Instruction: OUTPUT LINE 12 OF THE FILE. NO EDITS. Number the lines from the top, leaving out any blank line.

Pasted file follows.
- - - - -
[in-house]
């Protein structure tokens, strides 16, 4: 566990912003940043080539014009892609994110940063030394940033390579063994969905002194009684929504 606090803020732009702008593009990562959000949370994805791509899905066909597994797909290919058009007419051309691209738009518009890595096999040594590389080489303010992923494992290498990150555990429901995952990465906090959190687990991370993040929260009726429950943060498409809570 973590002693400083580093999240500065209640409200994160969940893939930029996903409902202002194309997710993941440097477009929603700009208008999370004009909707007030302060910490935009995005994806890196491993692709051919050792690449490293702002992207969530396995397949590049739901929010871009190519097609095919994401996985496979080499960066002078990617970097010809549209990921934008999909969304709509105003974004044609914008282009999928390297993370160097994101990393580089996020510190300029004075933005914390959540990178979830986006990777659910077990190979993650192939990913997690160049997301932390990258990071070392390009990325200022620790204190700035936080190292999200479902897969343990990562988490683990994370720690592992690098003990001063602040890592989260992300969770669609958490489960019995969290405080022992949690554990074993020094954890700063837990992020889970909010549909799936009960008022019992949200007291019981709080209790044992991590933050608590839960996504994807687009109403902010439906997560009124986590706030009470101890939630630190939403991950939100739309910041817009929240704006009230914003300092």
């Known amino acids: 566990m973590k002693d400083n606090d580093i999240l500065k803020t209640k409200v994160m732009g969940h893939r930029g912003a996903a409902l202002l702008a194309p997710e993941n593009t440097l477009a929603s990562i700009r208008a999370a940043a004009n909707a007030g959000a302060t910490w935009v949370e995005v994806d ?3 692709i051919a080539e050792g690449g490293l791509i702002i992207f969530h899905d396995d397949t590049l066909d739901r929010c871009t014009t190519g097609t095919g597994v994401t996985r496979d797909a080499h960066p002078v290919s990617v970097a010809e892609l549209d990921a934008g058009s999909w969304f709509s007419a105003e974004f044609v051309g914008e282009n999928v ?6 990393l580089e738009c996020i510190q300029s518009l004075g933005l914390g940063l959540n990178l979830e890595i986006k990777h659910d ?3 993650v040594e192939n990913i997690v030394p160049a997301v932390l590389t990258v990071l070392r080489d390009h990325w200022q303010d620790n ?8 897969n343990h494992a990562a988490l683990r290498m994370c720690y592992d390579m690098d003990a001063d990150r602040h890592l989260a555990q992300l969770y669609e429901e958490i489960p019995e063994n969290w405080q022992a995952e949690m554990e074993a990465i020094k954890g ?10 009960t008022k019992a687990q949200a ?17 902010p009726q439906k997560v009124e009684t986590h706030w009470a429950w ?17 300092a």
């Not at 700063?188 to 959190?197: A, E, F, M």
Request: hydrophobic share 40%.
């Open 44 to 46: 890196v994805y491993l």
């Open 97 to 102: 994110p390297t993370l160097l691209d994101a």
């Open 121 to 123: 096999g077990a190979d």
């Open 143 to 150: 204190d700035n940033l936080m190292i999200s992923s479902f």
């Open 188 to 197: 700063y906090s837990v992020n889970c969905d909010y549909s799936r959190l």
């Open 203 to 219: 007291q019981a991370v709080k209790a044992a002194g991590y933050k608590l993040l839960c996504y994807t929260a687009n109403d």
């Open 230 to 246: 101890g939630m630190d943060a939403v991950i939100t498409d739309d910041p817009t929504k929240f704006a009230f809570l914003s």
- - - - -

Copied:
């Open 230 to 246: 101890g939630m630190d943060a939403v991950i939100t498409d739309d910041p817009t929504k929240f704006a009230f809570l914003s």